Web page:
By Kent McManigal
One topic being raised in almost all the communities in this area is that of keeping your property to particular standards, which other people prefer, under threat of government action.
Maybe it concerns weeds, junk, prairie dogs, or public property for which you have been assigned responsibility.
People are being told they need to make their property pleasing to others voluntarily, or it will be forced on them by law.
The big problem, besides the atrocity of wielding laws to violate property rights, is that beauty is in the eye of the beholder.
I don’t care for lawns. Never have. Sure, they have their place, and I wouldn’t forbid anyone from maintaining one, but I think they are ugly and plain. Around these parts, they are also terribly wasteful and precarious.
If I had my choice, I would cultivate a native area around my house, which around here would mean wild grasses, yucca, prickly pear, mesquite, and other interesting, useful (and edible) plants the uninformed might call weeds.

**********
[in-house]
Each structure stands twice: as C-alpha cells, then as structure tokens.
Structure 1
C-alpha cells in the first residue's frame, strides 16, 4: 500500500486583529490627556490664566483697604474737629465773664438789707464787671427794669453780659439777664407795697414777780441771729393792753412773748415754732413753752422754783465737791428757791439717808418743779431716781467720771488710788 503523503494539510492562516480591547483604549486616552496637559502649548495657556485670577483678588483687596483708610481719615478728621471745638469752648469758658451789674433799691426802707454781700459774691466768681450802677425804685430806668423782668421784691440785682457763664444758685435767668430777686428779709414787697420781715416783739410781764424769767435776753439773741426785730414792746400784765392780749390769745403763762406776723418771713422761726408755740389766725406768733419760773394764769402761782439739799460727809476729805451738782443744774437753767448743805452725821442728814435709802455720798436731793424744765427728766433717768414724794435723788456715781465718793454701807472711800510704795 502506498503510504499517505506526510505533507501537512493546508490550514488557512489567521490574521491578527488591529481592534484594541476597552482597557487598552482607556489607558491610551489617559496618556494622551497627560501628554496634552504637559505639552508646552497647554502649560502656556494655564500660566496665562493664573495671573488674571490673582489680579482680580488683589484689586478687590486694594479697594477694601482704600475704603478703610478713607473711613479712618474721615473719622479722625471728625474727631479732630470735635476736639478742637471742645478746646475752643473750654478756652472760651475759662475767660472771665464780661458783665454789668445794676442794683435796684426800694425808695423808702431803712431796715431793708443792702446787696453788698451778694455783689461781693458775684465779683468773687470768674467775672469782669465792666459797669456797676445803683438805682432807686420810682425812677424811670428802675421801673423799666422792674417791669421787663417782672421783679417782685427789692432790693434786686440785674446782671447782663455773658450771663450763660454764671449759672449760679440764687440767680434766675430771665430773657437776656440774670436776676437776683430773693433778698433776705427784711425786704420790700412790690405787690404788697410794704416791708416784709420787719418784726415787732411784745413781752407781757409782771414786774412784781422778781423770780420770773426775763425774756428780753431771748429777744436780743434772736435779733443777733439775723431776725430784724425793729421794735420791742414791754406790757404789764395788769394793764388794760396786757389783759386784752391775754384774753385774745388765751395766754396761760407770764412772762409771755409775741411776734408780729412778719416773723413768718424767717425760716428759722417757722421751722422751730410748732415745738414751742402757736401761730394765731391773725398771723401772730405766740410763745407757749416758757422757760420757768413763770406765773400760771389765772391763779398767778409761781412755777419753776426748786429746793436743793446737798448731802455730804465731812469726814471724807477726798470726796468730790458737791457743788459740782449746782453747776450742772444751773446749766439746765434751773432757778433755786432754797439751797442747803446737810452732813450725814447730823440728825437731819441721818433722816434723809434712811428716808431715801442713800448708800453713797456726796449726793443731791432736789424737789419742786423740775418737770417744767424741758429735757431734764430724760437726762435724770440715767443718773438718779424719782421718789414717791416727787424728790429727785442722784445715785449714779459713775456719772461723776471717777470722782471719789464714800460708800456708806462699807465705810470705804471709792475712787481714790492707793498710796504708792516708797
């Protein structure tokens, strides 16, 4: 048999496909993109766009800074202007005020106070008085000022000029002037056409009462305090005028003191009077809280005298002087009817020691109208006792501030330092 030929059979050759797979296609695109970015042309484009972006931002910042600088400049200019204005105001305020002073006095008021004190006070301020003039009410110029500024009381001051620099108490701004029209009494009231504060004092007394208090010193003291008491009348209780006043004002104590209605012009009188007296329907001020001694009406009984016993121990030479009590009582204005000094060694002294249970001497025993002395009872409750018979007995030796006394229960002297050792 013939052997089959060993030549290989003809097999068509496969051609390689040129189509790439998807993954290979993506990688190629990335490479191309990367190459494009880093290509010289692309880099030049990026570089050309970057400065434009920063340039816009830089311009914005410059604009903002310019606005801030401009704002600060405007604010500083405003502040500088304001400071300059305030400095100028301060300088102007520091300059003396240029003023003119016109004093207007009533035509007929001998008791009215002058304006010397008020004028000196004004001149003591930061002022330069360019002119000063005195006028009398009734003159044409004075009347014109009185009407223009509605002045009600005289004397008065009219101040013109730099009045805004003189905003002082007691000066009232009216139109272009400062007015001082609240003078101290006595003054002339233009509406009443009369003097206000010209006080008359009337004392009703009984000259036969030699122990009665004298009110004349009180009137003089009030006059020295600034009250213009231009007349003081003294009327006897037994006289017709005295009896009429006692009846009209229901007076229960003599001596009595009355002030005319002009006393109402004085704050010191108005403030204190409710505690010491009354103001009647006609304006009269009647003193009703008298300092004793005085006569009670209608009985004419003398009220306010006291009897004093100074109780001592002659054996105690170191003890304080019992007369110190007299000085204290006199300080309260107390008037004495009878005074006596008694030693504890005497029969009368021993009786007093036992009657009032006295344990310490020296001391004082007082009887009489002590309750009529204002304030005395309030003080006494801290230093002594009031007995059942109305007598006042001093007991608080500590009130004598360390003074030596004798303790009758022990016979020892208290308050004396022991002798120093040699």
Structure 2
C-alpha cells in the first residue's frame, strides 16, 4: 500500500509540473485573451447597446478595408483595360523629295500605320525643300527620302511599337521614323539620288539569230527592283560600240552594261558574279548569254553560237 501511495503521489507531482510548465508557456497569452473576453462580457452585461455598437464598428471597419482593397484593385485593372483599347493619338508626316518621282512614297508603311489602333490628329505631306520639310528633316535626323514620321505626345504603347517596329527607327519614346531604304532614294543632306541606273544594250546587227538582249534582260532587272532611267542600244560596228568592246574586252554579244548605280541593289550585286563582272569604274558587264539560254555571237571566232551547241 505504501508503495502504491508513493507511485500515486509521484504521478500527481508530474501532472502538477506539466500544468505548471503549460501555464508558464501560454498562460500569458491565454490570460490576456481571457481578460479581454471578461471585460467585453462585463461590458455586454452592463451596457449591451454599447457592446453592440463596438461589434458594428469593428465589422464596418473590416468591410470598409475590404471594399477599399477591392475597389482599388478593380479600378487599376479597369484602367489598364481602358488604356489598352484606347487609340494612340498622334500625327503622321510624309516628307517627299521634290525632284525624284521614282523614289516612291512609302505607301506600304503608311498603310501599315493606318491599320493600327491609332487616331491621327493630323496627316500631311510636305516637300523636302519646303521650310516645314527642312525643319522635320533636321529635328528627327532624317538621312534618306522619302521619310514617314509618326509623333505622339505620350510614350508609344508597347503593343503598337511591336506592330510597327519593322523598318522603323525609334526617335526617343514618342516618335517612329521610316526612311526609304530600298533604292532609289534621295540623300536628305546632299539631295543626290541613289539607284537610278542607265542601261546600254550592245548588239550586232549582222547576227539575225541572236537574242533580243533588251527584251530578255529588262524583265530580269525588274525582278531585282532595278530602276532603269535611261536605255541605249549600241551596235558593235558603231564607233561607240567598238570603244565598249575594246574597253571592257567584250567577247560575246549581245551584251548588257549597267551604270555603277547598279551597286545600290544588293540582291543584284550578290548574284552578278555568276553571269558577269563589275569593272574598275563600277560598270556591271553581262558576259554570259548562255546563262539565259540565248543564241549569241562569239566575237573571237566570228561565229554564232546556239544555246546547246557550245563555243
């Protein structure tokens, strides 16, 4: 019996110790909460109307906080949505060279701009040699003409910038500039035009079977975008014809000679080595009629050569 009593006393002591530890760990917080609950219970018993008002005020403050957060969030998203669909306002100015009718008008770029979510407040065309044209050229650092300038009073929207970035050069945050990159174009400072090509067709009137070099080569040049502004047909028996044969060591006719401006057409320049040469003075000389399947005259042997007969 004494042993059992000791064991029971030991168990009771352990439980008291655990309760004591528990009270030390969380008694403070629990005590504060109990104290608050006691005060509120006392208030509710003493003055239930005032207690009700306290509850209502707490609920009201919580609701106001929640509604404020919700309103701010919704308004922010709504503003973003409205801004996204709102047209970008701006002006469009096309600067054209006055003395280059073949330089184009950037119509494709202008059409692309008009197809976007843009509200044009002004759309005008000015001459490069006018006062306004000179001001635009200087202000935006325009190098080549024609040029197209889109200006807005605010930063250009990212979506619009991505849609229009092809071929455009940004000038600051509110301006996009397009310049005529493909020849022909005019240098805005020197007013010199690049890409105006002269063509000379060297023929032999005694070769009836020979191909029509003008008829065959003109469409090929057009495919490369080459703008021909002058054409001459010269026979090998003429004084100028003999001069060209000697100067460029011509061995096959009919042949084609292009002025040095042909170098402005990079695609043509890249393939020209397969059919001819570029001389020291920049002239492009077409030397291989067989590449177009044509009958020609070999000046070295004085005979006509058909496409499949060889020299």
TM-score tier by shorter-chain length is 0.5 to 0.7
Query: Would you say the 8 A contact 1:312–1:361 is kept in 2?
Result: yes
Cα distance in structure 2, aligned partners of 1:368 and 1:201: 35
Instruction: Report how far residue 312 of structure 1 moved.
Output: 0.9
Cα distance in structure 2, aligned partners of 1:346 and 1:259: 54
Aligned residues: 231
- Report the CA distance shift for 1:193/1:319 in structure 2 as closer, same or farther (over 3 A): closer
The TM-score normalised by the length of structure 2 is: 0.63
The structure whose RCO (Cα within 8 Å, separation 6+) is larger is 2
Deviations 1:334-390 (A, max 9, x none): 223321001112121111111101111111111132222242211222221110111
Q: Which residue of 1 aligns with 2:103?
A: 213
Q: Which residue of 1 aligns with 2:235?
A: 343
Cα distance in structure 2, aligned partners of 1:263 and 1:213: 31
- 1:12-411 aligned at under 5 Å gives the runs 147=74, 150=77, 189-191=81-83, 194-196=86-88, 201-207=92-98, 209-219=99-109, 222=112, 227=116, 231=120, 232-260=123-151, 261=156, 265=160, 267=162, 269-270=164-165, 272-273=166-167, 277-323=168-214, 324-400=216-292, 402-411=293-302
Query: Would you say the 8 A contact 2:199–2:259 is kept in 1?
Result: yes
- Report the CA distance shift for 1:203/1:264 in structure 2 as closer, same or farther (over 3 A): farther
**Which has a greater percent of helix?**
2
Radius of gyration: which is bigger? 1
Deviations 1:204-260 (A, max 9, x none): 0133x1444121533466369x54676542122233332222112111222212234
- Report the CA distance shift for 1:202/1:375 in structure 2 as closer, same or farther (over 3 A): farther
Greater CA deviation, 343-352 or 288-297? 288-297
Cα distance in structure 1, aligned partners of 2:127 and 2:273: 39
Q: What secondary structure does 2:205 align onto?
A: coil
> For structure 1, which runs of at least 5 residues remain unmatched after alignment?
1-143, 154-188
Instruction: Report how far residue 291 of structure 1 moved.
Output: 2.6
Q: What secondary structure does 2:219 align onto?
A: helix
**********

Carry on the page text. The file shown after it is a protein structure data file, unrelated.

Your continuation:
Yes, I know some of those may not be exactly native, but they are historical, and adapted to survive the local conditions without wasting water to keep them clinging to life.
I would also welcome prairie dogs, jackrabbits, cottontails and whatever else chose to live there. Except mosquitoes.
If I had this yard, and I lived in town, I would be willing to put up a privacy fence to protect my neighbors’ delicate sensibilities from having to gaze upon what I consider the most beautiful yard possible for this area.
In this way I also wouldn’t have to look at the neighbors’ lawns.
On the other hand, I hate junk and litter. Yet, I know what I see as junk, others might see as treasures, or useful materials for projects. Their stuff is beautiful in their eyes, and it’s none of my business.
I would never dream of using the blunt instrument of government to force them to make their property look the way I would prefer it to look. My business ends at my property lines.
I can’t relate to the withered souls who somehow believe controlling other people’s property is their right. It’s a sickness in desperate need of a cure.
Once you enshrine the belief that the majority can enforce “community standards” against how others must maintain their property, you give others permission to do the same to you — even when the community changes and the standards have become something you dislike.
You are selling your future liberty for immediate gratification, using whatever justification you can invent.
It will come back to bite you.
Farwell’s Kent McManigal champions liberty. Contact him at: